Personal Finance

More Canadians are raiding their RRSPs to buy a house, make ends meet and pay off debt.

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  • Feb 7th, 2017 7:01 pm
[OP]
Banned
Jun 15, 2012
2837 posts
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Saskatoon

More Canadians are raiding their RRSPs to buy a house, make ends meet and pay off debt.

More Canadians are raiding their RRSPs to buy a house, make ends meet and pay off debt
Financial Post - 2h ago
A new survey suggests Canadians are dipping into their registered retirement savings plans like never before and the high cost of housing may be driving those decisions.
http://business.financialpost.com/perso ... y-off-debt
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3 replies
Deal Addict
Jan 20, 2016
2028 posts
1008 upvotes
Houston, TX
ukrainiandude wrote: More Canadians are raiding their RRSPs to buy a house, make ends meet and pay off debt
Financial Post - 2h ago
A new survey suggests Canadians are dipping into their registered retirement savings plans like never before and the high cost of housing may be driving those decisions.
http://business.financialpost.com/perso ... y-off-debt
Finporn at its best ....
Based on 1500 respondents they draw conclusion on whole country, lol.

Moreover, almost half used HBP, which is not a "raiding" but rather SMART move to save on taxes on down payment.
It could be also actually a smart move as well to withdraw your RRSP BEFORE pension age. To avoid osap and gis clawback, for example. This called tax planning, FYI.

But the author seems to be very incompetent in RRDP questions, as he mentioned mythical "tax penalties for early RRSP withdraw". There are NO such penalties, only taxation according to personal situation

Btw, it's also could be a spousal income splitting maneuver which used RRSP withdraw...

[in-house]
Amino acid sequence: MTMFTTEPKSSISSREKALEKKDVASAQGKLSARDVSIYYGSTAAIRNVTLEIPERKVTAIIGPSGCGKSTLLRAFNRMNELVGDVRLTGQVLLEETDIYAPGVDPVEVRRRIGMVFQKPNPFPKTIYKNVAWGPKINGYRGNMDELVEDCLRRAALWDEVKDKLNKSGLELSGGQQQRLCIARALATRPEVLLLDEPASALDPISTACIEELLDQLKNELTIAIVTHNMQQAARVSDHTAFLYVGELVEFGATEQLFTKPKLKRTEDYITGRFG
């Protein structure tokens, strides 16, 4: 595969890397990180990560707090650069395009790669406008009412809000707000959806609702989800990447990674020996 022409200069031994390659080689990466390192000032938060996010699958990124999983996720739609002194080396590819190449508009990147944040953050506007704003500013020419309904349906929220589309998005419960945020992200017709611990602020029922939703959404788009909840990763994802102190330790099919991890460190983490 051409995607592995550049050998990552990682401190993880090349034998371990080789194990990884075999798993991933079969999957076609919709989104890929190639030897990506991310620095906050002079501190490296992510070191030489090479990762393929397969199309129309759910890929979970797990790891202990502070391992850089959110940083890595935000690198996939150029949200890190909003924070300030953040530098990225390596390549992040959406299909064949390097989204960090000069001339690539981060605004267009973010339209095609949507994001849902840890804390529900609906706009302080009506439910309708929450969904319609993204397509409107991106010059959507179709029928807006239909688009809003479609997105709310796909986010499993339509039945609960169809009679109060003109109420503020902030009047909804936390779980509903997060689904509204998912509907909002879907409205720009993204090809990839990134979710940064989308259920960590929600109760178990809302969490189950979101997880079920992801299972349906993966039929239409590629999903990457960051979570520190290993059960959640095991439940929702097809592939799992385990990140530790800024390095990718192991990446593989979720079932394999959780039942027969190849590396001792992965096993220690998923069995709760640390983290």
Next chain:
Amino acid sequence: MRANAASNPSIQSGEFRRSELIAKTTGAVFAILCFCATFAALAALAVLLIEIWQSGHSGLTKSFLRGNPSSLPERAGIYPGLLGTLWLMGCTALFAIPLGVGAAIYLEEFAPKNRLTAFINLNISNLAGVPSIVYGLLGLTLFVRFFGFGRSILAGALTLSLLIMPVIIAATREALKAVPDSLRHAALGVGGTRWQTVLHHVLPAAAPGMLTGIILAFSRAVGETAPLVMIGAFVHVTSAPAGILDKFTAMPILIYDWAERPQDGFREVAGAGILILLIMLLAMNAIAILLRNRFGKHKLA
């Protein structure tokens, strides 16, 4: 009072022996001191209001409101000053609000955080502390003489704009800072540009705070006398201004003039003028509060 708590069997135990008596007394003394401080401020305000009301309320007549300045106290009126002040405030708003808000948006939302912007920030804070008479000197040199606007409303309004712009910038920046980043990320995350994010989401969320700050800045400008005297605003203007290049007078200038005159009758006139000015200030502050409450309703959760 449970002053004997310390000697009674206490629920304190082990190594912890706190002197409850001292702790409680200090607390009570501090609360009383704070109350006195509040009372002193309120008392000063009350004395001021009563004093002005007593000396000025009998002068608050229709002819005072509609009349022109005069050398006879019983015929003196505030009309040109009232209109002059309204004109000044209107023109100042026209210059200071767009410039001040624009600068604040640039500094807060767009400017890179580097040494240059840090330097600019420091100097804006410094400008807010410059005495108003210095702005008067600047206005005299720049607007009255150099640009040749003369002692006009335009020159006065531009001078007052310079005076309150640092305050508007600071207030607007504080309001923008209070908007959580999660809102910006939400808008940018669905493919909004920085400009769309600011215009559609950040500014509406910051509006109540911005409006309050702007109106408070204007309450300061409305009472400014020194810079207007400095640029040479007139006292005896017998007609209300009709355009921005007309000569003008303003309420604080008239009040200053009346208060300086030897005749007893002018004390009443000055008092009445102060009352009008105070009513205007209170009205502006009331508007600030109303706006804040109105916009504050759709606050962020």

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Newbie
Jul 29, 2016
14 posts
2 upvotes
asa1973 wrote: It could be also actually a smart move as well to withdraw your RRSP BEFORE pension age. To avoid osap and gis clawback, for example. This called tax planning, FYI.
Assuming the home buyers are early in their careers, late 20s, early 30s

1. Wouldn't it be smarter to withdraw near the tail end? If you draw early, your create a much bigger impact on your retirement fund because of the lack of compounding.
2. To avoid OSAP and clawbacks, why not just retire earlier, and draw down your retirement fund?
3. Seems risky to assume the retirement benefits are to remain in 40 years. Not only do we not have a growing base of younger generation to support the retiring boomers, wages and quality of work have been stagnant for them. If benefits are going to change, I think the federal government is going to cut down on benefits to balance the budget.
Deal Addict
Jan 20, 2016
2028 posts
1008 upvotes
Houston, TX
AllanHsieh wrote: Assuming the home buyers are early in their careers, late 20s, early 30s

1. Wouldn't it be smarter to withdraw near the tail end? If you draw early, your create a much bigger impact on your retirement fund because of the lack of compounding.
2. To avoid OSAP and clawbacks, why not just retire earlier, and draw down your retirement fund?
3. Seems risky to assume the retirement benefits are to remain in 40 years. Not only do we not have a growing base of younger generation to support the retiring boomers, wages and quality of work have been stagnant for them. If benefits are going to change, I think the federal government is going to cut down on benefits to balance the budget.
I'm not saying one size fits all, but you can mitigate drawbacks of 1-3 by not just withdraw and spend the money, but re-invest them in TFSA. In this way you will not loose compounding. As I also mentioned, with spousal rrsp move you could actually pay no or very little taxes on withdraw (and reinvest in tfsa). In this way you get tax refund, save OAS and Gis eligibility and stay invested :)

For young ppl it could also work if someone hi mat leave or back to school. They could "switch" from rrsp to tfsa virtually tax free (at least first 12k free and next taxed on lowest rate)
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